There is one figure in the form of the woman (known usually as Woman of the Apocalypse) who’s basically the Sarah Connor of the whole thing. She’s pregnant with a male child of some significance, and there’s this “dragon” who really wants her dead, so she runs off into the wilderness for a few years to evade the dragon. This dragon, enraged, proceeds to declare war on all of her offspring, who are good ones and devoted to god and yadda yadda. If you reeeeaaally stretch you could say that’s Furiosa, but you’d reeeeaaally have to stretch. Again, all of the New Testament is super patriarchal, and if there’s a female figure in Revelation she’s either here as chattel or as a figure of excess (Whore of Babylon).


As if things couldn’t get any worse! This is where things get really bad - all the water turns to “blood” (water wars), followed by people being “scorched with great heat, and blasphemed the name of God” (radioactive fallout everywhere and it’s fucking hot). Again, pretty much all of this would have had to have happened before the movie started. The only thing in Revelation that’s really left is…


Another interesting thing about Revelation that our modern narratives like is this idea of post-apocalyptic excess - we see this in the Capital and The Hunger Games, as well. There’s a lot of war, a lot of sin - the figure of the “Whore of Babylon” is basically that of excess that feeds off of decimation.

One can easily apply the “Babylon” motif to the Citadel. Even faced with such lack of resources, there is still a ridiculous amount of excess going on within the Culture. Joe wastes water, everyone wastes fuel, there is shameless excess as a show of power.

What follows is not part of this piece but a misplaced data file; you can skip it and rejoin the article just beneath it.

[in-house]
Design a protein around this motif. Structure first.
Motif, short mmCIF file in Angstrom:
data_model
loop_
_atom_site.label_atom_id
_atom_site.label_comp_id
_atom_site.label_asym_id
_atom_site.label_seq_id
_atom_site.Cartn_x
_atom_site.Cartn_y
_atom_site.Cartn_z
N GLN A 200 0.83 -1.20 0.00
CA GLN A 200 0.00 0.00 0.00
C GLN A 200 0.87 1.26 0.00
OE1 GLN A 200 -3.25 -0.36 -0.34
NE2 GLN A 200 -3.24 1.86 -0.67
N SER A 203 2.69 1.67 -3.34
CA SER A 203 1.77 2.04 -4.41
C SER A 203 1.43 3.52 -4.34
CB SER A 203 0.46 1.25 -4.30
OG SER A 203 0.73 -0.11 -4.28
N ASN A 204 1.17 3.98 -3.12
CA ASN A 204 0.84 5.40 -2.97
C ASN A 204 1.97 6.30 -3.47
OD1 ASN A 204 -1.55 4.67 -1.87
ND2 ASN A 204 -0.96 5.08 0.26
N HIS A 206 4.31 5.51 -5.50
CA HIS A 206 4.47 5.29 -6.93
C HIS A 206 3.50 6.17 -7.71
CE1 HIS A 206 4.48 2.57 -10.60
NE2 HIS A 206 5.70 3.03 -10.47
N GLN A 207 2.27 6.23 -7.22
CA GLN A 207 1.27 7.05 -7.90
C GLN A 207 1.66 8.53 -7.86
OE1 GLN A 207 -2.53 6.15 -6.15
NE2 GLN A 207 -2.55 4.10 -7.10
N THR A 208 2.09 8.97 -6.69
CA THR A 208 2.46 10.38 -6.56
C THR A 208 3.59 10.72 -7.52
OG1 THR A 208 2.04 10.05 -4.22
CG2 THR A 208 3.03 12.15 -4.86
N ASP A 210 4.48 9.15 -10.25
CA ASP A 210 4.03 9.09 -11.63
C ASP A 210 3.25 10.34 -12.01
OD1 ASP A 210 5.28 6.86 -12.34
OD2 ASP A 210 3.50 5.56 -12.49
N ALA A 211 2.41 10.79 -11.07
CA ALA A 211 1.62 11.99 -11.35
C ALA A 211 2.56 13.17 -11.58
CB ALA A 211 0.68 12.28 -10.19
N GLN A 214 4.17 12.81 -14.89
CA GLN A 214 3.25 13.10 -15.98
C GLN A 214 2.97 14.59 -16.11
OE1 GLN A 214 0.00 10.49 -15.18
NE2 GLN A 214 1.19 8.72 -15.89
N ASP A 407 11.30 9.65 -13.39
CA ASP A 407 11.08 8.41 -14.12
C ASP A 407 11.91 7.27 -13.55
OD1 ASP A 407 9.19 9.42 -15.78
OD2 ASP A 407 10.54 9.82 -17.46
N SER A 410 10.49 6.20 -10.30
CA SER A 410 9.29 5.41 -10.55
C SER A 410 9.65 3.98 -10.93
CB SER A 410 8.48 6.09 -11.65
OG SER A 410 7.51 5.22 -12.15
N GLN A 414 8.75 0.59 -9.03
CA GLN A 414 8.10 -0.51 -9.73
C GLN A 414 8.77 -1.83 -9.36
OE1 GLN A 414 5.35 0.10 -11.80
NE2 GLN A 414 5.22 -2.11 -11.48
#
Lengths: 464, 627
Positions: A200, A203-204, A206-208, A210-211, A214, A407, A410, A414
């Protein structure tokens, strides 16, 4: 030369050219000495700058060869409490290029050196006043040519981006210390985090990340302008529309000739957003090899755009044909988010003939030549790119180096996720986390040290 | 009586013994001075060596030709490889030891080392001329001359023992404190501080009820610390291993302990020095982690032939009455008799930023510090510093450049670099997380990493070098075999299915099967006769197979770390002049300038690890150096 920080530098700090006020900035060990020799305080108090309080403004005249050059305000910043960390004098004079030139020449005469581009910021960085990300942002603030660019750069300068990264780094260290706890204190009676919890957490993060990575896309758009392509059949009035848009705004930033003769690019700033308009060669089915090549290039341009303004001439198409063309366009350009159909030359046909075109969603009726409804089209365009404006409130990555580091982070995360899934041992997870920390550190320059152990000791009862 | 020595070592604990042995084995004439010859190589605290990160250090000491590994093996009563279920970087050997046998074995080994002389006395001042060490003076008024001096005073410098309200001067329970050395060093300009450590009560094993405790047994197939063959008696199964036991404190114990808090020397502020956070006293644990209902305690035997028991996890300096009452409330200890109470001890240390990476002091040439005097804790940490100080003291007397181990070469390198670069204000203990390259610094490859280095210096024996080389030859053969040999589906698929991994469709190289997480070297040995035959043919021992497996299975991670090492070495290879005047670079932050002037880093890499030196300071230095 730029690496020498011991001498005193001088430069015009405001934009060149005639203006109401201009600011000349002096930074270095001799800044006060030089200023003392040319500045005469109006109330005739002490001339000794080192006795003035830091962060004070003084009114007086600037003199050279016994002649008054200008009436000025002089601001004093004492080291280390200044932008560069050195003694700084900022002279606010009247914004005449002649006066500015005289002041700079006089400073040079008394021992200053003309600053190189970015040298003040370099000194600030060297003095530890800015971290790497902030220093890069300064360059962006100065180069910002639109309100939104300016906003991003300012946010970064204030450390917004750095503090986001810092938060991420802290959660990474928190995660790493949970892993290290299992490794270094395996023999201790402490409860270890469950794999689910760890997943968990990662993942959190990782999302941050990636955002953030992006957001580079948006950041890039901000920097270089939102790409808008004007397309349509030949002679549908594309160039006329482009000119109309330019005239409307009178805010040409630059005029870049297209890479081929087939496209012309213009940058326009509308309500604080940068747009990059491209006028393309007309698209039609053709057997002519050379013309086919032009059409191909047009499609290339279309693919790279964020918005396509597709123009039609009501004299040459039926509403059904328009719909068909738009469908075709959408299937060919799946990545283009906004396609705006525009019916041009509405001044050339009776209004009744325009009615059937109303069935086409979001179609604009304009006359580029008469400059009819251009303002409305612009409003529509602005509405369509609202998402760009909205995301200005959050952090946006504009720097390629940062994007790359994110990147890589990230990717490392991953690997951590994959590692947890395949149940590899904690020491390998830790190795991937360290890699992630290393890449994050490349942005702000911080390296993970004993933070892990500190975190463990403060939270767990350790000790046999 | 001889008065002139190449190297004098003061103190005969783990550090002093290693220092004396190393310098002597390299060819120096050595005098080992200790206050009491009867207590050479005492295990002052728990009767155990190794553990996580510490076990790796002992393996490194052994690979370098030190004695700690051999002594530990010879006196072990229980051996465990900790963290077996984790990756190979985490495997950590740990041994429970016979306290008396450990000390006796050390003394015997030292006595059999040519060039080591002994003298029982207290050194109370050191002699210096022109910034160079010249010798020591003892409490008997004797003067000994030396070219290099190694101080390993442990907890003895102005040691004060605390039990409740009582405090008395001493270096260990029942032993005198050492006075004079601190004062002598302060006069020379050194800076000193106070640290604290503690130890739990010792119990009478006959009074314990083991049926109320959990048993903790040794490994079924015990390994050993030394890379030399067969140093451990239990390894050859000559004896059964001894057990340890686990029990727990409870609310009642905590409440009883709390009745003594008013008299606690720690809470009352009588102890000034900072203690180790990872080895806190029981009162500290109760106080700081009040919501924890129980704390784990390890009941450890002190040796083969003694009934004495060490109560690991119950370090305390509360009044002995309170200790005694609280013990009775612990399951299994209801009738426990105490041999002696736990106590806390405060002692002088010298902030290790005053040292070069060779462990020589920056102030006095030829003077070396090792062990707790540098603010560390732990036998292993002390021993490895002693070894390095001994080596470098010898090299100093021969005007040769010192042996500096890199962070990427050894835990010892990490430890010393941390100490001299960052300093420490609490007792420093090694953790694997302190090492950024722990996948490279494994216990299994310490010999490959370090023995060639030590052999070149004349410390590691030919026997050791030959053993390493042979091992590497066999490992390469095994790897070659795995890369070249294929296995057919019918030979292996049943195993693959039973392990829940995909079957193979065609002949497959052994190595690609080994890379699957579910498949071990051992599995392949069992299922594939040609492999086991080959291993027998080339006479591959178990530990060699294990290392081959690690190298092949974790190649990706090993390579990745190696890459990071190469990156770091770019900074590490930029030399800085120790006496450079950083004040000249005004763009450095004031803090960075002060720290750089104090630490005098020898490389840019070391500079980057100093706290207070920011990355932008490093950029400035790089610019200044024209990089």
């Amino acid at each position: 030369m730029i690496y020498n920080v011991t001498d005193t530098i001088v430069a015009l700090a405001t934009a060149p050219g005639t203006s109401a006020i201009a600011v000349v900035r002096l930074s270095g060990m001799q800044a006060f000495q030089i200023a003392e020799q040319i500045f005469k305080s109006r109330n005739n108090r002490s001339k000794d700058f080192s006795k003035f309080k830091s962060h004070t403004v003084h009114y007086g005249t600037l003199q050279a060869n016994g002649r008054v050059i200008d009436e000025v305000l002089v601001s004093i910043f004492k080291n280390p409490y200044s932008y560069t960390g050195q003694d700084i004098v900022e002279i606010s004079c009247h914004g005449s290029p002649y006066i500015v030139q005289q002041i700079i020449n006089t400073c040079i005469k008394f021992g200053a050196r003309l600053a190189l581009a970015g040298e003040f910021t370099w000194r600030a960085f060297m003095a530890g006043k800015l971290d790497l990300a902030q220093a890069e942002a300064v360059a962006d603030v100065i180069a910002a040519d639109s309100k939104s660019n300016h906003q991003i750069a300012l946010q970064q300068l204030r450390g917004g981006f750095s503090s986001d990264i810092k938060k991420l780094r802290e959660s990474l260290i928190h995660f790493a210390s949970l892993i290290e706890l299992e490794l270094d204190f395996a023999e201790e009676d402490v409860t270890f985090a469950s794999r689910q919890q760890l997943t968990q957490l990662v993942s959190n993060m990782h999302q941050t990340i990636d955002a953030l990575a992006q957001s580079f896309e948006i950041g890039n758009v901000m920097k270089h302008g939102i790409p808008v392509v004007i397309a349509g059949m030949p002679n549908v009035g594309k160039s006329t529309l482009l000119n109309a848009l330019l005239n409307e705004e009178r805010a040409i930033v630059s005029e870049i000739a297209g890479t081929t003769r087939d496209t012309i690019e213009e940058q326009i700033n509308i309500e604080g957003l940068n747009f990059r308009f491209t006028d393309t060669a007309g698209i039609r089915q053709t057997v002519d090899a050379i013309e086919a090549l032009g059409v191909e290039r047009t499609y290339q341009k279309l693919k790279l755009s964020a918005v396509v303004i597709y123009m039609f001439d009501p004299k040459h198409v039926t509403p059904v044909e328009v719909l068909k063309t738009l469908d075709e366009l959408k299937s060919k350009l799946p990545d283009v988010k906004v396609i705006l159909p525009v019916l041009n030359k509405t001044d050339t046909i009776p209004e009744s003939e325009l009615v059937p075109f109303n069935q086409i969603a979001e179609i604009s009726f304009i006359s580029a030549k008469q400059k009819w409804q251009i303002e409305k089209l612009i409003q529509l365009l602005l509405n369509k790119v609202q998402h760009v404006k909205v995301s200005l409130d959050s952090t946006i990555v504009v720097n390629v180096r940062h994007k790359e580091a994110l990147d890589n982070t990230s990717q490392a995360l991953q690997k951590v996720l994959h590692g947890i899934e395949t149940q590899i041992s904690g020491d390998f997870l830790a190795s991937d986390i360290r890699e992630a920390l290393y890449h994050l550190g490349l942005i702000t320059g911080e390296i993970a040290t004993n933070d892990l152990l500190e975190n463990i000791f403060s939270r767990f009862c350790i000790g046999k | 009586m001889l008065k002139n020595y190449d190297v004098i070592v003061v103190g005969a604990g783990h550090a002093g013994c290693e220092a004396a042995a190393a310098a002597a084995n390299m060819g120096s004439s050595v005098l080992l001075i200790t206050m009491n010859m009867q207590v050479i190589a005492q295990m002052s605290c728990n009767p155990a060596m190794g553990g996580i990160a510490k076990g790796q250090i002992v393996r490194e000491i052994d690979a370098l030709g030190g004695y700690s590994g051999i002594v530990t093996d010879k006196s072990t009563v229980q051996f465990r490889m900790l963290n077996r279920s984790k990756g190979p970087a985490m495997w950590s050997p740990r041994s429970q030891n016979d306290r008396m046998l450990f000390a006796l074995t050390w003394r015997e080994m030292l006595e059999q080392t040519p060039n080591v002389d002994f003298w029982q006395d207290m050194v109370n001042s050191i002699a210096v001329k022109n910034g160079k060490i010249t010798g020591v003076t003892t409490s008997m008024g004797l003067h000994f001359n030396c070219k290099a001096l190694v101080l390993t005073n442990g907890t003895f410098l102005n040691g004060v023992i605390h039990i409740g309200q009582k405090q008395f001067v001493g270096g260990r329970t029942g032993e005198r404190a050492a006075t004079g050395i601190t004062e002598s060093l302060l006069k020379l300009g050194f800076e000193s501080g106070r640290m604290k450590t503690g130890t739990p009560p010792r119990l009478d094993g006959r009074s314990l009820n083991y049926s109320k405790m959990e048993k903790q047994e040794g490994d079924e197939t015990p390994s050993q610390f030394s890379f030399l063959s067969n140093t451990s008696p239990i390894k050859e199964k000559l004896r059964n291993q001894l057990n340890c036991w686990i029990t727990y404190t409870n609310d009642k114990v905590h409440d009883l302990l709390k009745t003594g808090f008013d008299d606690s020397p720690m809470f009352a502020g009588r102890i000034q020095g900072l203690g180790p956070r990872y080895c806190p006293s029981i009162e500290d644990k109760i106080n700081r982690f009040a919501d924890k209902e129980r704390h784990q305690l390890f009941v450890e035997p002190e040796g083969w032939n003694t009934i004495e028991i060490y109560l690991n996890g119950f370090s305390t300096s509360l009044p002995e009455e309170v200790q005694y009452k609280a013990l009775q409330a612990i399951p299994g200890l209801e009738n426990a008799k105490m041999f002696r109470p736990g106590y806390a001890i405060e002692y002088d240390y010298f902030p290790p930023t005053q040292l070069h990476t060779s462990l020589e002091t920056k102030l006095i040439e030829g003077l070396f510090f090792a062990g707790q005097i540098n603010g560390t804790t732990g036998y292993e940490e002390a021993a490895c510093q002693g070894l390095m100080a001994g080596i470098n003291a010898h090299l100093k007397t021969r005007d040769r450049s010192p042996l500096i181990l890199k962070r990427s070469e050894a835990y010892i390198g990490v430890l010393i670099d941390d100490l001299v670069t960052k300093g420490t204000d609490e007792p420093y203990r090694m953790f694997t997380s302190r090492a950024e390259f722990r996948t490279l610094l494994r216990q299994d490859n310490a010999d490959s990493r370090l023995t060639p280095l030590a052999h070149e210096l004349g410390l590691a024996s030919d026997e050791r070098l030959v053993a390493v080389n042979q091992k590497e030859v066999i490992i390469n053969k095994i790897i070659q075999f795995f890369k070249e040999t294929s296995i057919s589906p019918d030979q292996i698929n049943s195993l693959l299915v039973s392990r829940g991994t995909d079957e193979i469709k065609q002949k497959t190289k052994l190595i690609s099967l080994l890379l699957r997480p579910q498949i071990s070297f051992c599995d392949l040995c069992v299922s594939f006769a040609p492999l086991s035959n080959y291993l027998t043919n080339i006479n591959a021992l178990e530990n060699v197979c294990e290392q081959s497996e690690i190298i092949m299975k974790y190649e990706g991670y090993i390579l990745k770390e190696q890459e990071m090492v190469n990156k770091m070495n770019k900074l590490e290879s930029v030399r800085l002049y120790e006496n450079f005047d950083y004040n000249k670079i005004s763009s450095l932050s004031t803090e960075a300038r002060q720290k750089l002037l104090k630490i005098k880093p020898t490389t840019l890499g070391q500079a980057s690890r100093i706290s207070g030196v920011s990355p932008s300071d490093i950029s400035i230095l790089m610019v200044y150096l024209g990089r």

Like what the hell, people? You are ALMOST OUT OF EVERYTHING what are you doing?

Only thing is, in the Mad Max ‘verse, Babylon doesn’t really fall so much as it just gets a change of management. But, hey, it “falls” in a very real sense in terms of values, so, hey, why not?

Babylon as per Revelation is the only thing that’s left after the Earth is just completely fucking ravaged, and still they live lives of ridiculous excess. So I think that’s the best comparison where Mad Max goes - Joe, The Bullet Farmer, The People Eater - they are all defined by excess in the face of starvation. They are Babylon the Great, and Joe is the “Whore.”

Then again, after Babylon falls, Jesus comes back. Yaaaaay!

One thing before I conclude this massive tome I just wrote is in regard to archetypal “world ending” narratives is that the world very rarely end. In the Christian tradition, in the Norse tradition, in the Hindu tradition - you name it, the “end of the world” is actually a transition. In Revelation the old world will be replaced, same with the Hindu scriptures - nearly every culture that has a mythology about the world ending is really about the world “transitioning.” I think it’s interesting that the modern version of these stories, our folk stories, things like The Hunger Games and Mad Max: Fury Road - it is in many ways more of the same. Shit got bad, now it’s time to start over. The only thing with these modern versions that separates them from religious texts is ambiguity on whether or not they actually succeed.

Funny thing is, there’s still about half an hour left on my Avid render.